BY LOANA HOYLMAN
In the last issue of The VVA Veteran, Loana Hoylman wrote about the dangers of Agent Blue, the arsenic-based defoliant used during the Vietnam War. Here she writes about the escalating danger of current industrial and agricultural uses of arsenic to Vietnam veterans.
Arsenic is in food and water, wine and glue. According to the group ChemSee, “Arsenic was found in items such as wine, juice, syrup, glues, and pigments. Inorganic arsenic compounds were found in apple juice, orange and grapefruit juice, in vinegars and salad dressings, in milk and dairy products, beef, pork, poultry, and in cereal.” It also is in seafood and mushrooms.
Arsenic accumulates. We are all vulnerable. But Vietnam veterans exposed to Agent Blue are at the highest risk for the cumulative effects of arsenic from cigarettes and food, pesticides and water, grassy yards and golf courses.
Arsenics such as cacodylic acid have been used agriculturally and industrially since 1910, mostly in the last fifty years. Although arsenic use was curtailed in the 1980s, it was not until 2014 that evidence of environmental poisoning resulted in a more stringent ban.
Arsenic is legal in water up to a certain amount. Organic arsenic is especially common in water around volcanic areas. But agricultural businesses have arsenic compounds running off into soil and water. The same is true for most industrial sites. Commercial buildings that use treated wood, glass factories, and smelters all pollute air, water, and soil with arsenic. The World Health Organization said in 2012 that arsenic-contaminated water is the greatest threat to health in the world. “Long-term exposure to arsenic from drinking water and food can cause cancer and skin lesions,” WHO reported. “It has also been associated with developmental effects, cardiovascular disease, neurotoxicity, and diabetes.”
The food most vulnerable to arsenic is rice. Some of the arsenic is organic, from the soil and water where the rice is grown. A great deal of it is from absorbed pesticides. Anne Banville, a spokesperson and vice president of the USA Rice Federation, says that the health benefits of rice “must be properly weighed against the risks of arsenic exposure, which we believe are minimal.”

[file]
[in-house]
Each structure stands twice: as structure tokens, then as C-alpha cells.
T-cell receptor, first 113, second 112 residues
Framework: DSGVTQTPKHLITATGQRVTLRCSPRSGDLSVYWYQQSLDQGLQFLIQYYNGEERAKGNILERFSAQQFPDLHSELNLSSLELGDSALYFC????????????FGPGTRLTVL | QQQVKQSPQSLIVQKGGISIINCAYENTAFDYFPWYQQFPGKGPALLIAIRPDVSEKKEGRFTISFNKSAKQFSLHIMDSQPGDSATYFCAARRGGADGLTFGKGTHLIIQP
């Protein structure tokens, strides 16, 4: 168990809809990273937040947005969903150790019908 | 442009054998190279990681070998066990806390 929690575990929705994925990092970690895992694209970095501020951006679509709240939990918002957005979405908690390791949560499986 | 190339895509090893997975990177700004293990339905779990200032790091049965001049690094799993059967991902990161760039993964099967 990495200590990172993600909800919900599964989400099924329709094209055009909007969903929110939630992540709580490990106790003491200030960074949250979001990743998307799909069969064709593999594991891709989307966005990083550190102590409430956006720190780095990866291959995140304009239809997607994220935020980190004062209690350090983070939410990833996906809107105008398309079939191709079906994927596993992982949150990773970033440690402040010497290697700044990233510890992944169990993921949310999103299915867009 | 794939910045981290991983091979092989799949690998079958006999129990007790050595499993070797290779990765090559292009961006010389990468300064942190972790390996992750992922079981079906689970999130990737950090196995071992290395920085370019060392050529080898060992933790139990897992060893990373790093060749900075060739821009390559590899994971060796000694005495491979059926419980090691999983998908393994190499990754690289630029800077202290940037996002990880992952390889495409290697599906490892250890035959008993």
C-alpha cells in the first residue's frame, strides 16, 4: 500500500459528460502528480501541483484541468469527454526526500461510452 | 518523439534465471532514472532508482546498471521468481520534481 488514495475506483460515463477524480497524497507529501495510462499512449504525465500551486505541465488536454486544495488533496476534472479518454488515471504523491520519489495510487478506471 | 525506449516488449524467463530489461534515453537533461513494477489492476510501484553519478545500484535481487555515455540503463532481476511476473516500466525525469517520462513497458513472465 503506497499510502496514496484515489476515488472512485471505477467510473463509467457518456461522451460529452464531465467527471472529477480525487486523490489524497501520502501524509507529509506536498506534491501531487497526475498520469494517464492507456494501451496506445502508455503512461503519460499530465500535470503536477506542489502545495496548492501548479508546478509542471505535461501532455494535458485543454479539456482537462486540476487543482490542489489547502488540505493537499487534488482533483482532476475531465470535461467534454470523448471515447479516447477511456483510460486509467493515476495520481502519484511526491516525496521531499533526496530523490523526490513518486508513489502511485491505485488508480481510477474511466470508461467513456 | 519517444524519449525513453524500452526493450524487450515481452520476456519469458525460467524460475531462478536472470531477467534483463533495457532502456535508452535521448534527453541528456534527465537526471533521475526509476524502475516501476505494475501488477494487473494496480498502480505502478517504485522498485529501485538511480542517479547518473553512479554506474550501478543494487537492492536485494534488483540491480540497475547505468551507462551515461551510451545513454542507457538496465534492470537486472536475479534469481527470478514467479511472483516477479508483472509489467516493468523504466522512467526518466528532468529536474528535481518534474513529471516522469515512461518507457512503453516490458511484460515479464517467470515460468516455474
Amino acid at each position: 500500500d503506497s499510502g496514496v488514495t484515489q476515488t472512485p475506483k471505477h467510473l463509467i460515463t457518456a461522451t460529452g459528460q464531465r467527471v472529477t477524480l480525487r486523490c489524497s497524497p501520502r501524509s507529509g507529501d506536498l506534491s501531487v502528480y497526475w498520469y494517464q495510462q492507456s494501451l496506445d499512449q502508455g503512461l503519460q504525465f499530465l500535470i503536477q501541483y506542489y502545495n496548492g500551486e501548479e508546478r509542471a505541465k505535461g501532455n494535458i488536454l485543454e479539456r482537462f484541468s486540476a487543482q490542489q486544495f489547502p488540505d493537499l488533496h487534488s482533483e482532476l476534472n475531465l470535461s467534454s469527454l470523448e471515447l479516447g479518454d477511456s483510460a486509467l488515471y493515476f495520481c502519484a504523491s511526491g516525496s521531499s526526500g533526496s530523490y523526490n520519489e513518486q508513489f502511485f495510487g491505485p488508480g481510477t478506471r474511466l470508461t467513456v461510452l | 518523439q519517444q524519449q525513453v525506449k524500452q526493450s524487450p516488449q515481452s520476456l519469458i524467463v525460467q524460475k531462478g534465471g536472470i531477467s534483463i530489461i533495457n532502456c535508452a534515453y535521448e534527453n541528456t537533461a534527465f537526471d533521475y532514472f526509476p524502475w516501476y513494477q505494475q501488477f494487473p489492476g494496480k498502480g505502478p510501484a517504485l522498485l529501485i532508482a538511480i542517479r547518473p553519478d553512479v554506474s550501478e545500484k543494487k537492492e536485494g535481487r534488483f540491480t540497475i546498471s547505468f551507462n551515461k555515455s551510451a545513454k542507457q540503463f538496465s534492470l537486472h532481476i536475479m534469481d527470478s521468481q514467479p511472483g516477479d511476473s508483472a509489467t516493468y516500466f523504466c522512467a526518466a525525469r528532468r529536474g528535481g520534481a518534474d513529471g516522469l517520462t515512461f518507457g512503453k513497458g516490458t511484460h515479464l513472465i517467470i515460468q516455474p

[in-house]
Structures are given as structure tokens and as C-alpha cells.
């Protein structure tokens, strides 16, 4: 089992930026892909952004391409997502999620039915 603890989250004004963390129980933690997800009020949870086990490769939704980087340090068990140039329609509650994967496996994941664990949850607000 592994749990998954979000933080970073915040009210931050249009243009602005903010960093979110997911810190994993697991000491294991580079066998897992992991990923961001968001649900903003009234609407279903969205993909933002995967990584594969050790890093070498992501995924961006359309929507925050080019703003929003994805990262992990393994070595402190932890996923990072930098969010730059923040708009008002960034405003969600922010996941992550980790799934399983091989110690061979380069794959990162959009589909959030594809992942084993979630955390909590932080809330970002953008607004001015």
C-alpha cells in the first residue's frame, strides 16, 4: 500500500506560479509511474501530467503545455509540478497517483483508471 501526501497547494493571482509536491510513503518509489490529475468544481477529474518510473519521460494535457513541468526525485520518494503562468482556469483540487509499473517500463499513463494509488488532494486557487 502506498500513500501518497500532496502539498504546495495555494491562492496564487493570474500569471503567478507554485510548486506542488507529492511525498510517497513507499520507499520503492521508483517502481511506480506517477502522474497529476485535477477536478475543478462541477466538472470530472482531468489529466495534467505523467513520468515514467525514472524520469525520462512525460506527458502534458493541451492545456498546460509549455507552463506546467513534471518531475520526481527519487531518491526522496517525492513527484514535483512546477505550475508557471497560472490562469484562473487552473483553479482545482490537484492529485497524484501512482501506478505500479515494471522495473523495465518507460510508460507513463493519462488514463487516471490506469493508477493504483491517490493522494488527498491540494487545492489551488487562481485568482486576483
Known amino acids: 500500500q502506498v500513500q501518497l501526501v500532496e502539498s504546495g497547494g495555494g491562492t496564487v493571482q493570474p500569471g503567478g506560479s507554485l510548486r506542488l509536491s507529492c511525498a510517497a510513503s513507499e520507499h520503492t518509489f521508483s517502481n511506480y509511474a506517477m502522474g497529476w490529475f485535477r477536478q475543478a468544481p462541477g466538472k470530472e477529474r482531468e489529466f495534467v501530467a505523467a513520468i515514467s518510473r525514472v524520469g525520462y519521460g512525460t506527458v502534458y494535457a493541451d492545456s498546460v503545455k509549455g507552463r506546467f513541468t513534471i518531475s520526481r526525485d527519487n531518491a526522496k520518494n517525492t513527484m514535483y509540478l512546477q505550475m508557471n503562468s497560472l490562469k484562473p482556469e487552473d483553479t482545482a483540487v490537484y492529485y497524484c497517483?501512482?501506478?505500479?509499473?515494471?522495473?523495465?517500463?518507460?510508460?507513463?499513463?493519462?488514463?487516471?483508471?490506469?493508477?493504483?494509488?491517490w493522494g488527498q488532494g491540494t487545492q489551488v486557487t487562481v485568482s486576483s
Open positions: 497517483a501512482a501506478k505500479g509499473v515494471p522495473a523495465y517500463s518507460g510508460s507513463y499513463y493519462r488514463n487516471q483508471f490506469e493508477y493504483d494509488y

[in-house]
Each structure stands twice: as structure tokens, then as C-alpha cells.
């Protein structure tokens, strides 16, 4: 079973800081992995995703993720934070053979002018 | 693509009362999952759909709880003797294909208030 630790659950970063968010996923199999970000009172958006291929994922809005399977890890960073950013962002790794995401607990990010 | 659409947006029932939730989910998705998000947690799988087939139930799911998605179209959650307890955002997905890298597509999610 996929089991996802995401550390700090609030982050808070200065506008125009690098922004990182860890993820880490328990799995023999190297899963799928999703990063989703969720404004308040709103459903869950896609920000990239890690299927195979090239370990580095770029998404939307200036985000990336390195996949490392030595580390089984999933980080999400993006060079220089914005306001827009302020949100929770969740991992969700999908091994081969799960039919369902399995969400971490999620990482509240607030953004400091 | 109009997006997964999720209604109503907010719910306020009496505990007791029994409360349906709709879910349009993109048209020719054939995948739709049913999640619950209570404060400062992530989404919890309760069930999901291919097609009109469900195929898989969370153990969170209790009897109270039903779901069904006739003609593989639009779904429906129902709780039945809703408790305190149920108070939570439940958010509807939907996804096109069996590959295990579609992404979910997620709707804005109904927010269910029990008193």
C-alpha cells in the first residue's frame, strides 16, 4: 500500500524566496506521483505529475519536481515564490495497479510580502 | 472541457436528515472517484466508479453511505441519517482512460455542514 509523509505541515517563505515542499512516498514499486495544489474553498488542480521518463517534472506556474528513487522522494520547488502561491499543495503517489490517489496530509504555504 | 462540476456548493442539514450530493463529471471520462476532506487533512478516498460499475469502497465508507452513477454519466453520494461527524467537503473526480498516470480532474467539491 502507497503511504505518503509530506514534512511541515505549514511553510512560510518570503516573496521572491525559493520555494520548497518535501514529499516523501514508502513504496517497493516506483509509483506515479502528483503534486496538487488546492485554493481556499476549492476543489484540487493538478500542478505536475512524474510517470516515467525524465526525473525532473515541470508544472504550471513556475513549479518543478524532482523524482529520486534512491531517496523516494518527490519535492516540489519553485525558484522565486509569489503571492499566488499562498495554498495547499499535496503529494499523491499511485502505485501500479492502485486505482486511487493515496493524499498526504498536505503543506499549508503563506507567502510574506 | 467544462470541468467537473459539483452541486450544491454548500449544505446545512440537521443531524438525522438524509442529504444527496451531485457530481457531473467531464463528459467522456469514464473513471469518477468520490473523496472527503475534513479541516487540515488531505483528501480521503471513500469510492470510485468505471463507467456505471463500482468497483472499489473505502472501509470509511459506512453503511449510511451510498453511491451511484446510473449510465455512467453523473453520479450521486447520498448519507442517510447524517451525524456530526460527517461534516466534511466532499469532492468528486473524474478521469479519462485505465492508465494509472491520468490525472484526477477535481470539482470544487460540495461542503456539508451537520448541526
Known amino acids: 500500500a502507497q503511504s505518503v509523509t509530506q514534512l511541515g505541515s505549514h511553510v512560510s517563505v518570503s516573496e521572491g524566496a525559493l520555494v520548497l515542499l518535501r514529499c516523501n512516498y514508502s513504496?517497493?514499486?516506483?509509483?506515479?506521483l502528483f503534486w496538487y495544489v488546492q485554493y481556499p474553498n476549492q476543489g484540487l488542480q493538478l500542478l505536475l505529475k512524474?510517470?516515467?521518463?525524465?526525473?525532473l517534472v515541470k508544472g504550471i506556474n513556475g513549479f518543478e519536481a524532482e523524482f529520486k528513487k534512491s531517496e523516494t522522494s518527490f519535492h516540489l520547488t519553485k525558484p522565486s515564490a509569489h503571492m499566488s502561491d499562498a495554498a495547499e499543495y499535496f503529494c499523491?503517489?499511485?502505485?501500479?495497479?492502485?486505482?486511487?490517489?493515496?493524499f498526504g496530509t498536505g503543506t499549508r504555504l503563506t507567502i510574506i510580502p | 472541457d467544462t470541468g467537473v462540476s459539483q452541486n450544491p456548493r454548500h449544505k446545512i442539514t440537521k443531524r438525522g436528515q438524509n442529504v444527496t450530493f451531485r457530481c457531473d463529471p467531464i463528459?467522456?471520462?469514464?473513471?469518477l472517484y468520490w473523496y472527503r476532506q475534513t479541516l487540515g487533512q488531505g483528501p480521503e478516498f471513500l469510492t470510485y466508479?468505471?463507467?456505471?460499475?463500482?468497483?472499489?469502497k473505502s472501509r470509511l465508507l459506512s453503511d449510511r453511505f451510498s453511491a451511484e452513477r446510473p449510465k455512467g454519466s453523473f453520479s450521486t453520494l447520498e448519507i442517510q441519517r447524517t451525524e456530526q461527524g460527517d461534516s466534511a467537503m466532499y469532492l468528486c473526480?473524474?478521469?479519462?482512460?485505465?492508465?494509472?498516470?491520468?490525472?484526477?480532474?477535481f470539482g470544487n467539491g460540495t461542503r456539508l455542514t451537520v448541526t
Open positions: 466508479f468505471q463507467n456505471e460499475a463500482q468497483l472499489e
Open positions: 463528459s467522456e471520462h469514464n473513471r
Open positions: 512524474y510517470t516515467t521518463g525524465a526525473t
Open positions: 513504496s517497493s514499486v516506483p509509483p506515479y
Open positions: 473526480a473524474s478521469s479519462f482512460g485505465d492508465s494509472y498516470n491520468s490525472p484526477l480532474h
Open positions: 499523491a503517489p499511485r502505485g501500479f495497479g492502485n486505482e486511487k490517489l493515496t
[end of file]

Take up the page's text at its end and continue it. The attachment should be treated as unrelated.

Although Banville’s statement is correct, it’s also fatally misleading. The problem with arsenic is that it stays in the system. It accumulates in the body as one consumes contaminated food and comes in contact with a contaminated environment. Accumulation is inevitable.
Rice producers also claim the arsenic is “natural.” But here’s what Consumer Reports has to say: “ ‘Natural’ does not equal safe. Inorganic arsenic is in sixty-five rice products, and can cause bladder, lung, and skin cancer, with the liver, kidney, and prostate now considered potential targets of arsenic-induced cancers.” Arsenic is in rice-based baby cereals, rice snacks, adult cereals, brown rice, and white rice in what Consumer Reports calls “worrisome levels.”
Their article continues: “We recently tested more than two hundred samples of a host of rice products. They included iconic labels and store brands, organic products and conventional ones; some were aimed at the booming gluten-free market.” Brown rice was found to have more arsenic than white rice because arsenic is absorbed from the outside. The bran that’s been removed in the process of producing white rice is ten to twenty times higher in arsenic than the polished grains. According to Consumer Reports, Texas rice is the most heavily contaminated in the United States. Rice from Vietnam, where Agent Blue was sprayed, also is heavily corrupted with arsenic.
Because arsenic accumulates in soil, it also runs off into waterways, especially through animal waste. Animals that drink from and live in this water become contaminated. The plants that grow in this water are poisoned. Fresh-water fish are the most heavily contaminated.
60 Minutes recently ran a segment about low-end, inexpensive California wines. Michael Berg reported that eighty-three types of these wines contained two to five times the legal amount of arsenic. Some don’t even contain real wine. “Two Buck Chuck” and similar cheap wines have what is called “purple goo” in them, a mash of purple grapes riddled with arsenic pesticides and other ingredients mixed with alcohol.
Producers of food or drink containing arsenic, especially organic arsenic, say that the levels in their products are too low to matter. But if you drink water and wine or grape or apple juice, eat any of the many meats or fish containing arsenic, have a side of mushrooms, have rice with that dinner, and have grapes or apples for dessert, you have already ingested more than a little.
Consumers may have some control by managing the food and drink they consume. But they have less control over what is in the environment. If one lives near commercial buildings with CCA-treated wood, a coal ash facility, or even farms, or if one drinks the water in those areas, golfs on pesticide-riddled courses, swims in arsenic-laden waters, or partakes in any of a thousand other activities, then one is overexposed.
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